While Jackson isn’t undraftable by any means, he shouldn’t be considered a RB1, or even a RB2. Right now I’ll slate him in as a high-end RB3/flex, mainly because of his touchdown potential.
Running backs I’d rather have: Pierre Thomas, Stevan Ridley, Trent Richardson
San Fransisco 49ers
Anquan Boldin found himself in a situational utopia in his first season as a 49er last year. He turned into Colin Kaepernick’s main wide receiver, and main target, with Michael Crabtree sitting out the better part of the season due to an Achilles tear.Vernon Davis was the only other legitimate receiving threat besides Boldin. This culminated in Boldin’s first top 15 WR finish since 2008, when he and Larry Fitzgerald were perennially wrecking defenses in Arizona.
There is a much bleaker outlook on Boldin’s fantasy value in 2014. The San Francisco 49ers play nine games against top-10 fantasy scoring defenses from last year. On top of that, Anquan Boldin has more company to share the ball with, including former Buffalo Bills wide receiver Stevie Johnson. Johnson has made a name for himself as a reliable red zone target, an area in which Boldin excelled in his first season with the team. In fact, all seven of Boldin’s touchdowns last season came inside the opponent’s 20 yard line. That efficiency will be very difficult to maintain, especially with Johnson in town, not to mention Crabtree and Davis. Although, an unhappy Davis is currently holding out while waiting for an extended contract. If/when Davis does return, that’s three other top targets taking opportunity and production away from Boldin.
I see Boldin returning to WR3 status in San Francisco’s deeper offense.
Wide receivers I’d rather have: Terrance Williams, Marques Colston, Reggie Wayne
Not unlike Anquan Boldin, everything worked out perfectly for former Philadelphia Eagle DeSean Jackson last season. He played all 16 games for the first time since his rookie year in 2008. He was also the main beneficiary of a Jeremy Maclin injury and a vertical, offensive onslaught implemented by now second-year head coach Chip Kelly. Jackson set career highs in receptions, yards and touchdowns, as he finished in the top ten among wide receivers in fantasy scoring (despite said career highs, 2013 wasn’t actually Jackson’s best fantasy season, that was in 2009).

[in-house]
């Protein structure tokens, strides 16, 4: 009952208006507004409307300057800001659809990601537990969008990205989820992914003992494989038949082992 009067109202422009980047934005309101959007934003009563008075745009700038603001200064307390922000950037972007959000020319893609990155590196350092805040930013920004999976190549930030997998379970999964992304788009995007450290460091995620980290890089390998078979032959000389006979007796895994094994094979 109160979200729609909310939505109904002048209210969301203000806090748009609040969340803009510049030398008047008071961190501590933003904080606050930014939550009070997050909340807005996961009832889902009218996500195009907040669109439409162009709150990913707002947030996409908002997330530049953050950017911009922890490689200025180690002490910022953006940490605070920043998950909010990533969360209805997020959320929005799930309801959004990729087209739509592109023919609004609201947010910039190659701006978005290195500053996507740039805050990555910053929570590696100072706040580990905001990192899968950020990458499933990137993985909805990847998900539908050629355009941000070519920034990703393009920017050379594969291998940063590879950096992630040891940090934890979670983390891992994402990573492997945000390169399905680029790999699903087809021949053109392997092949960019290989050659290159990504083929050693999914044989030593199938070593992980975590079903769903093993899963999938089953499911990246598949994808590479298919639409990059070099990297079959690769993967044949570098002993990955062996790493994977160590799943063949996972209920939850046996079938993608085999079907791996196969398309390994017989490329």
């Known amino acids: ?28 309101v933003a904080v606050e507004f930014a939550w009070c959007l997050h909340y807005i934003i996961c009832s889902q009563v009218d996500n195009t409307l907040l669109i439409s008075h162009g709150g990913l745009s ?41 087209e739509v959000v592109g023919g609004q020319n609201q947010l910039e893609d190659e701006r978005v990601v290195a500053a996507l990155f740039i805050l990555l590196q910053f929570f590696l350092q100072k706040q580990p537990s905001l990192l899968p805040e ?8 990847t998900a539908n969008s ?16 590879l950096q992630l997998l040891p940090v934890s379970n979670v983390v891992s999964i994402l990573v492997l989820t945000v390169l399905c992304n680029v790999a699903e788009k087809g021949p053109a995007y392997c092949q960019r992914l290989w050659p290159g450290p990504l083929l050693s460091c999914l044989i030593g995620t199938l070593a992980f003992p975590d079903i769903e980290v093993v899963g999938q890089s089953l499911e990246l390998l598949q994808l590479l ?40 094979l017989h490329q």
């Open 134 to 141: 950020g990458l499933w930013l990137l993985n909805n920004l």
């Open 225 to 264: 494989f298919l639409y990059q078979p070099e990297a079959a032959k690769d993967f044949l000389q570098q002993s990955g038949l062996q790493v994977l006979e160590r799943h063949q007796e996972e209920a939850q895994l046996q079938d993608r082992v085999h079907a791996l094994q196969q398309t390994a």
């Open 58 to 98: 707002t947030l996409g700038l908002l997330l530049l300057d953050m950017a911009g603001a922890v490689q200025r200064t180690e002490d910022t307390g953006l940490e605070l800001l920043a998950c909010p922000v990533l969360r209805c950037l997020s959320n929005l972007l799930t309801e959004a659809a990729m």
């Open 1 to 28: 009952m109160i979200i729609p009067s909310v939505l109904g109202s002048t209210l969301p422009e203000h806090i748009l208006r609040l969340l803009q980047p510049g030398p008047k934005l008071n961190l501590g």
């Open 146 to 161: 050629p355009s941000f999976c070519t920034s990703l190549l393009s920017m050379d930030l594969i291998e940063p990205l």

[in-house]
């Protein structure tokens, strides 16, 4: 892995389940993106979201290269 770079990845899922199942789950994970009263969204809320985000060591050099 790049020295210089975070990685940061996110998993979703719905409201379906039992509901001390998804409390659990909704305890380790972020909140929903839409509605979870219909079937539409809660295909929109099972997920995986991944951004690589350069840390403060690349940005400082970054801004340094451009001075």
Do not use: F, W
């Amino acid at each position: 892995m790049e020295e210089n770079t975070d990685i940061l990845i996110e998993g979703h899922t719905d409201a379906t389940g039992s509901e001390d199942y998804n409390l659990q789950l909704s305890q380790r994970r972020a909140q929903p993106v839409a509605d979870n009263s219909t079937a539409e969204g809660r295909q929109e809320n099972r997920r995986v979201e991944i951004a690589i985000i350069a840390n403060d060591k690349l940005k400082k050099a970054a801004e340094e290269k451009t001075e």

Jackson will be in a far different situation in 2014. He’s on a new team with a new coach and a recovering quarterback, those being the Redskins, Jay Gruden and Robert Griffin III. While Jackson was the clear-cut No. 1 wide receiver on the Eagles, Washington already has a No. 1 wide receiver in Pierre Garcon. And while Gruden does like to pass, he’s not as vertical with it as Kelly.
Not only will Jackson have Garcon opposite him, he’ll have up-and-coming tight end Jordan Reed, Aldrick Robinson, Santana Moss, Leonard Hankerson and offseason acquisition Andre Roberts, among others, to share targets with. Jackson isn’t his team’s go-to guy anymore and may still be getting used to a new coaching staff, teammates and playbook.
I’m not saying Jackson will have a poor fantasy season, in fact I believe he’ll have a good one. I just don’t think it will be as good as last year’s. In my opinion, he’ll still perform well enough to end up as a WR2, so that’s what I would draft him as.
Wide receivers I’d rather have: T.Y. Hilton, Torrey Smith, Kendall Wright
San Diego Chargers
The main reason for Gates’ inclusion in this list is Ladarius Green. One of the main reasons I like Green more than Gates in 2014, and why I think Gates will regress, is that in Green’s last three games in which he recorded a catch, he also scored a touchdown. Gates had just one more score than Green despite seeing 84 more targets. This attributed to Gates’ less than satisfactory total of four touchdowns. Gates actually had his highest catch and yards total since 2009, but the lack of touchdowns were a big detriment to his fantasy value and the main reason he finished outside the top 10 among tight ends in fantasy scoring.
If Green gets used as much as he should be and the baton is finally passed, Gates will end up in low-end TE2 territory, officially marking the end of an elite era.
Tight ends I’d rather have: Ladarius Green, Charles Clay, Delanie Walker
Who do you think will take a step back? leave a comment below!